Oh, c'mon, it's no different than sports teams. Meat-based sports teams.

(Side note, I have long thought that Carolina barbecue would be huge in China if someone opened a NC-cuisine restaurant there, because it's made almost entirely of things that appeal to Chinese palates - pork, vinegar, hot pepper, cabbage. In another life where I was super-rich I'd probably give it a shot.)
posted by showbiz_liz at 4:26 PM on December 29, 2016 [9 favorites]


People who need good southern grits and have a Trader Joe's nearby should try theirs.

TJ's grits are good but what's equally or more important is the recipe on the bag of the bag, which should be heeded to the letter. And when the bag is empty (or you have your own supply of good grits from elsewhere), keep using that recipe, it's much better than the recipes provided by the traditional southern mills and can even render mediocre grits into something better than they started.
posted by ardgedee at 4:35 PM on December 29, 2016 [3 favorites]


South Carolina barbecue apologists are not invited to this discussion

*Does the Donald-Sutherland-body-snatchers thing at Texas*
posted by ROU_Xenophobe at 4:40 PM on December 29, 2016 [3 favorites]


I made shrimp and grits for Christmas Eve dinner up here in MA. I'm a big fan and I'm originally from VA.
posted by natasha_k at 4:44 PM on December 29, 2016


@lalochezia I just happen to be in Savannah for the first time for a few days so that is very timely!
posted by SNACKeR at 4:56 PM on December 29, 2016


I'm making grits and eggs for dinner right now because of this thread.
posted by Daily Alice at 4:56 PM on December 29, 2016 [3 favorites]


Let me tell you that I don't give a crap about anybody's totemic regional claims to superiority.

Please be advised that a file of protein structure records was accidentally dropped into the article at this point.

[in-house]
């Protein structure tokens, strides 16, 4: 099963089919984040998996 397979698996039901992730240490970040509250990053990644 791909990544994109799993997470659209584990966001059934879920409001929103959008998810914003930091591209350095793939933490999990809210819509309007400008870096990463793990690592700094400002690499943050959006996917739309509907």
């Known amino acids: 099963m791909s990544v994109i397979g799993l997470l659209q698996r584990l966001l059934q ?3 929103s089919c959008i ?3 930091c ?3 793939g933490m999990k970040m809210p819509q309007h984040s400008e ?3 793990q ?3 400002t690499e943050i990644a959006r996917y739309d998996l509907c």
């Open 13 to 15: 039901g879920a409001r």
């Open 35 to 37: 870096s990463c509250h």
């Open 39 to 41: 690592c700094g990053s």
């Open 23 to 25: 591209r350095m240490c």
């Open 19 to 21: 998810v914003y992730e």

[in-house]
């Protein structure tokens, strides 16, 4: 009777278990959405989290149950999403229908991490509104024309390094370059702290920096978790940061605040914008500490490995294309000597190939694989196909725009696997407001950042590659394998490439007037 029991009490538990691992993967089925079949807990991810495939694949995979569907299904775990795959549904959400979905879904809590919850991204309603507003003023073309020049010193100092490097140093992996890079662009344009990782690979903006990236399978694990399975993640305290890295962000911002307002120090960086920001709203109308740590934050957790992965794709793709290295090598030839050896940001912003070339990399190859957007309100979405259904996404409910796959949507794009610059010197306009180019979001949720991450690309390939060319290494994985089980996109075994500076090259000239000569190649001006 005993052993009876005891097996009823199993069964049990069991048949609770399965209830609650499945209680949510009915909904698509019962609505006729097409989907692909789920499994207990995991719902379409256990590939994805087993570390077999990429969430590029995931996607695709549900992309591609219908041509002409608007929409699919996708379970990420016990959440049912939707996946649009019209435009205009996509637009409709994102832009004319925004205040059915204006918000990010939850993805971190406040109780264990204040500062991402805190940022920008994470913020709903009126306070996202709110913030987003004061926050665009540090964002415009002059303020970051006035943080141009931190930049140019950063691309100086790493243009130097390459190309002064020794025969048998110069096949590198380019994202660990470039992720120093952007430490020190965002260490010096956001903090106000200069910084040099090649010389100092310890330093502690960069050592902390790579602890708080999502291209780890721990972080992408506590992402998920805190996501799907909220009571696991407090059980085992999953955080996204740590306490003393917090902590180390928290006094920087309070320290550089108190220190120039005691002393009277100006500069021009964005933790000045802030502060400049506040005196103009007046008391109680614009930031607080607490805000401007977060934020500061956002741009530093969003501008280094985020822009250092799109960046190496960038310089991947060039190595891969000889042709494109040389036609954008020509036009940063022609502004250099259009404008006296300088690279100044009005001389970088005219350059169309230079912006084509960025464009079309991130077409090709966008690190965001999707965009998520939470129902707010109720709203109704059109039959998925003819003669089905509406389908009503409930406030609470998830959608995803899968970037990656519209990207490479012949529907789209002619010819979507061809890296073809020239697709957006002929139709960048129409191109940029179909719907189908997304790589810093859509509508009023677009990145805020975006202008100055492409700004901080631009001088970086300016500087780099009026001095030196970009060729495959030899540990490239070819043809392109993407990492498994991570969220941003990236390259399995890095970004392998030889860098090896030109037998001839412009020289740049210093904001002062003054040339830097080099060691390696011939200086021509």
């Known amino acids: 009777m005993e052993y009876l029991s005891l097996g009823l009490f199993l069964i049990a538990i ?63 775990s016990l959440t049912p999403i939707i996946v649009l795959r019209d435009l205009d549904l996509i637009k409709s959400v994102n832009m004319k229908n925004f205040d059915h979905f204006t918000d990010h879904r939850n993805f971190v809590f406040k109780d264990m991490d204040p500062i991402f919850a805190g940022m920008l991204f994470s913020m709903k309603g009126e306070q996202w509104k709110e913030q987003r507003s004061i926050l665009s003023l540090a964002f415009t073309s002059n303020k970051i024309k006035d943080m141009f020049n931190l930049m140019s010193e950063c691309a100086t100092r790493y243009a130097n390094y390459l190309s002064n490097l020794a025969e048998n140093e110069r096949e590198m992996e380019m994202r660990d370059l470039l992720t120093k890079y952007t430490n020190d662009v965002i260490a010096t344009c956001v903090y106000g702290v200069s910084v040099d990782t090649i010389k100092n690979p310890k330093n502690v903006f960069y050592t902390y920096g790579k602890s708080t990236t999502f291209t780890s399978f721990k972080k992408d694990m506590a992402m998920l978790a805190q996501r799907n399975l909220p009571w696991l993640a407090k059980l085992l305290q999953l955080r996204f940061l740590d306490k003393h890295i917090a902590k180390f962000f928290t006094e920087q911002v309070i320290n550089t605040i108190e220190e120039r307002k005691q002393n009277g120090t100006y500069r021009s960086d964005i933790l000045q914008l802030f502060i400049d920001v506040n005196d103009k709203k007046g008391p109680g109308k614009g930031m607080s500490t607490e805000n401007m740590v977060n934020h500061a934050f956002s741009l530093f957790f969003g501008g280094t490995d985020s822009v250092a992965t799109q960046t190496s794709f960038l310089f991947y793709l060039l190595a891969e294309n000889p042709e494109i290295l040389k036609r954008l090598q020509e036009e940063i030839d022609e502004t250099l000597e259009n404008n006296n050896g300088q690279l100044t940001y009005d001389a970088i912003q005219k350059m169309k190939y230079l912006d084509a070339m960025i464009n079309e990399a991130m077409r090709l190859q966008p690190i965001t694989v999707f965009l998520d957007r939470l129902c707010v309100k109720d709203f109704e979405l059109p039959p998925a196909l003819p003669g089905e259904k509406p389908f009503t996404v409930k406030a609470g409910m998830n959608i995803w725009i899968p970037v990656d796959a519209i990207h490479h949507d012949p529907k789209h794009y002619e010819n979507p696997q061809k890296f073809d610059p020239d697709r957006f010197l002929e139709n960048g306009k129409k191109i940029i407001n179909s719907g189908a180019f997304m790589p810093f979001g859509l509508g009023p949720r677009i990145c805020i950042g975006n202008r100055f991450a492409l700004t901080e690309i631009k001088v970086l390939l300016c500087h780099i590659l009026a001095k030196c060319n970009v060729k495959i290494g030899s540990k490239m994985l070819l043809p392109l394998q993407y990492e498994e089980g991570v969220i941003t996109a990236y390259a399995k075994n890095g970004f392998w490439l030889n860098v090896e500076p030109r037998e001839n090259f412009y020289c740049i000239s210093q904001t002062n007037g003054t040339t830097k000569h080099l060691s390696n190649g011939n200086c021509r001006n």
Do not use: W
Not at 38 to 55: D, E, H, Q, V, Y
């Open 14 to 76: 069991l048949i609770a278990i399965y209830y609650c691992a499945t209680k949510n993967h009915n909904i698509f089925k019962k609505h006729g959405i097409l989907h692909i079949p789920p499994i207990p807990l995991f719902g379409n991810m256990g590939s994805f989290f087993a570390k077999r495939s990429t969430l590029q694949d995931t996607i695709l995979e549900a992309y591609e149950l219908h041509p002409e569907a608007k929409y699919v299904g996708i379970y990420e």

Oh, c'mon, it's no different than sports teams.


Which I also don't give a crap about. :)
posted by Greg_Ace at 4:57 PM on December 29, 2016


Pretty much any kind of low-and-slow smoked meat is a-okay by me. I like vinegary sauces best for pork; I like the mustard SC one, too.

Greg_Ace is responsible for my smoking habit! Hi, Greg!
posted by rtha at 5:03 PM on December 29, 2016 [1 favorite]


Let me tell you that I don't give a crap about anybody's totemic regional claims to superiority. I believe that we can all coexist happily. I believe that all low-and-slow-smoked meats are inherently awesome. So nyeaah.

Spoken like someone from someplace where the BBQ sucks.

said the man from new york, where the bbq sucks
posted by Itaxpica at 5:09 PM on December 29, 2016 [5 favorites]


I grew up with my Alabama born grandma making me homemade biscuits and sausage, with the grease made into milk gravy in her cast iron skillet that's probably older than my dad.

This is probably a good place to leave a link to the BBQ Song. (Barbecue is not a verb. Barbecue is not a grill.)
posted by Fleebnork at 5:14 PM on December 29, 2016 [3 favorites]


Shrimp and grits from Husk in Charleston, SC, not to be missed. Any good rack of ribs needs hickory smoke. Best ribs I have ever found? Calhoun's in Knoxville.
posted by nofundy at 5:31 PM on December 29, 2016 [1 favorite]


The easy link to the original hides behind an LA Times paywall but you can also see it here if you scroll past the Britney Spears. Seems a well-known '60s musical celebrity requested a famous recipe for shrimp and grits, which is included.